Edward W. Scott, Ph.D. Professor of Molecular Genetics and Microbiology
College of Medicine
Edward Scott’s laboratory focuses on Regenerative Medicine. Scott and his team study the role of adult stem cells in both normal repair processes and disease states such as cancer and blindness. The hematopoietic stem cell (HSC) has the desired properties of a stem cell–the capacity to differentiate into multiple diverse cell types that make up the blood and lymph coupled with the ability to self-renew and maintain overall numbers of HSC. Upon transplant, a single HSC is capable of making all the blood and lymph of an organism for life. The HSC is also the source of the immune system and therefore has a significant role in response to injury, disease and infection.
One major research arm of the Scott lab examines the role of the HSC/progeny in healing. A second arm is concerned with the deleterious effects of HSC/immune failures leading to leukemia and the role of chronic inflammation in inducing solid tumors such as colon and lung cancer. In conjunction with the other stem cell biologists at the University of Florida, the Scott Lab is engaged in a comparison of the similarities and differences of multiple adult stem cells for the blood, brain, liver, colon, and bone. The Scott group has had the privilege of making many initial observations in this area of research. They were the first to discover the role of the oncogene PU.1 in HSC development, in myeloid cells, and dendritic cells. They were also the first to describe stem cell fusion leading to unexpected cell phenotypes. In recognition of this work on the role of oncogenes in the development of the blood system, Scott was named a Scholar of the Leukemia and Lymphoma Society of America (LLSA). In addition, the LLSA went further and named Scott a Stohlman Scholar in 2003.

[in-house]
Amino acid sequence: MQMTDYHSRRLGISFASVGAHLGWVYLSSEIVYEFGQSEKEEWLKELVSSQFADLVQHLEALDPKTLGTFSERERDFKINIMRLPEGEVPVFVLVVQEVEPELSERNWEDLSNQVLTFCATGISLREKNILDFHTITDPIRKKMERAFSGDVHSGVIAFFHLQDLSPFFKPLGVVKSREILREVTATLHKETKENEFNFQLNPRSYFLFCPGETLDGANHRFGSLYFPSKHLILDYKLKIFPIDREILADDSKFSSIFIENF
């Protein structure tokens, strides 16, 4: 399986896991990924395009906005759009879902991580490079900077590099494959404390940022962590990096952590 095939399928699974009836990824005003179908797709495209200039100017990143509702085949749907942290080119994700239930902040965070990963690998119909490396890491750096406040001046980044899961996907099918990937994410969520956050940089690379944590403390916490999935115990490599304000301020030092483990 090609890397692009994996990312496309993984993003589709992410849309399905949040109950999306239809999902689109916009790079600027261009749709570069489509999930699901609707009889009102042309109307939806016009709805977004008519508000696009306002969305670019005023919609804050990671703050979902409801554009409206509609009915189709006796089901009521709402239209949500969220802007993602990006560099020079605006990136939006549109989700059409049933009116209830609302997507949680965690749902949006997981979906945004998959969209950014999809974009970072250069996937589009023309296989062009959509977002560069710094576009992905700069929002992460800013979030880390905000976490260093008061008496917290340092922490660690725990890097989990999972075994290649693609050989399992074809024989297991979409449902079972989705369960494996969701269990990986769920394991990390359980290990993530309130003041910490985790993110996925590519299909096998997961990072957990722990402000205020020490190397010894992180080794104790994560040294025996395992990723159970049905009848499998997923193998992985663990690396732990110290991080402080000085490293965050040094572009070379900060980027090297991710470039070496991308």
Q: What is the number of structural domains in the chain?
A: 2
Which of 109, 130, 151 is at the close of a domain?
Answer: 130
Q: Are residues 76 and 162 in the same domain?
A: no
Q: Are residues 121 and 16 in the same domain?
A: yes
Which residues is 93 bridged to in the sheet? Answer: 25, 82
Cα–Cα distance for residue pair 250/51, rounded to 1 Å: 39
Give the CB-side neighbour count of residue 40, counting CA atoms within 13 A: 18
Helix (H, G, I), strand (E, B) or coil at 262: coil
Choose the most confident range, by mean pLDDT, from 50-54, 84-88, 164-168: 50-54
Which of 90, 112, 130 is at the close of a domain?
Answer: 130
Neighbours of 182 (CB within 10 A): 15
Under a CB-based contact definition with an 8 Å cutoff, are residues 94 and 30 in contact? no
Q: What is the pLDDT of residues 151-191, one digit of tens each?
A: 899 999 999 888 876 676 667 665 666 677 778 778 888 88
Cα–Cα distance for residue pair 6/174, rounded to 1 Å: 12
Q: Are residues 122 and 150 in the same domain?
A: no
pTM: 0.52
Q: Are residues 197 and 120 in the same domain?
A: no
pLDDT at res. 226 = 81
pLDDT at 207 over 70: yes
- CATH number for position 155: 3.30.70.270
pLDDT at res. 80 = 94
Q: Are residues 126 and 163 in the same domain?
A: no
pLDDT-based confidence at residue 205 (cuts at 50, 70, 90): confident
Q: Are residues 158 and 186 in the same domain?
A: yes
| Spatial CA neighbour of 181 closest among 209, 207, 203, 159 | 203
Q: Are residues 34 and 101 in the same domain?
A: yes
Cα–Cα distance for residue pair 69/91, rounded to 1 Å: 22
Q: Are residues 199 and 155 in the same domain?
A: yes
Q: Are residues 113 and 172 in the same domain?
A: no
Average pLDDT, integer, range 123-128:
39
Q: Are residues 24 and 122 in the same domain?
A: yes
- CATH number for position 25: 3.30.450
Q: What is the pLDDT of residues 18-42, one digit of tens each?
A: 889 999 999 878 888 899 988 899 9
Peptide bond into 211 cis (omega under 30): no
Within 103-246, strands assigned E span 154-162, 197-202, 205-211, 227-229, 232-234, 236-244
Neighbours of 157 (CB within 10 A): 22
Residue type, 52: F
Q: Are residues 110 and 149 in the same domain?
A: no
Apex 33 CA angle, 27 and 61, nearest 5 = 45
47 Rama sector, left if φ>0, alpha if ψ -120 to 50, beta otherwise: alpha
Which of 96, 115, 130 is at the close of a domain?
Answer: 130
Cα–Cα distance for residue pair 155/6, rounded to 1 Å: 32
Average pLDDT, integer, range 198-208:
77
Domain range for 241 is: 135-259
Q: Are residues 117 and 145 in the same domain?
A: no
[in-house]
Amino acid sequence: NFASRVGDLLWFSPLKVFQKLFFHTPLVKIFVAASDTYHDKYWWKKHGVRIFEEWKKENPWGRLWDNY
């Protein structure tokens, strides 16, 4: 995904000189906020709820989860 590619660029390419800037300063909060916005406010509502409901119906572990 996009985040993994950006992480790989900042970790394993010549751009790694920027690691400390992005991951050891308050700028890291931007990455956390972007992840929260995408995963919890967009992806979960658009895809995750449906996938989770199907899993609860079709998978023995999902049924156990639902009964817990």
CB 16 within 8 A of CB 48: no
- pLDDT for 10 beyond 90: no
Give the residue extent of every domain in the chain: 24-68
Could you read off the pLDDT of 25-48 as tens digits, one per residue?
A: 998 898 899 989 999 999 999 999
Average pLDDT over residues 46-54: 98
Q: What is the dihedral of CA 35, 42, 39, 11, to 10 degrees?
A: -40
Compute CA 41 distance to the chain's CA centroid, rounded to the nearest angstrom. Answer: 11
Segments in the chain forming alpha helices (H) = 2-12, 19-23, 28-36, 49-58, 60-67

The Scott lab also demonstrated that the HSC can also help form new blood vessels in addition to making blood. Building on this observation, the group has developed an anti-angiogenic therapy that prevents diabetic retinopathy in animal models. This treatment is currently completing final pre-clinical testing before initiating clinical trials. Based on successful experiments using animal models, the Scott lab is currently working towards establishing clinical trials to restore visual function in age related macular degeneration. In addition, Scott is also engaged in developing a diagnostic test to determine whether patients with colitis need to have their colon removed to prevent colon cancer.
Scott is the co-founder (along with Dr. Dennis Steindler) of a research society called The Regeneration Project. The Regeneration Project has one goal – making human regenerative therapies a reality.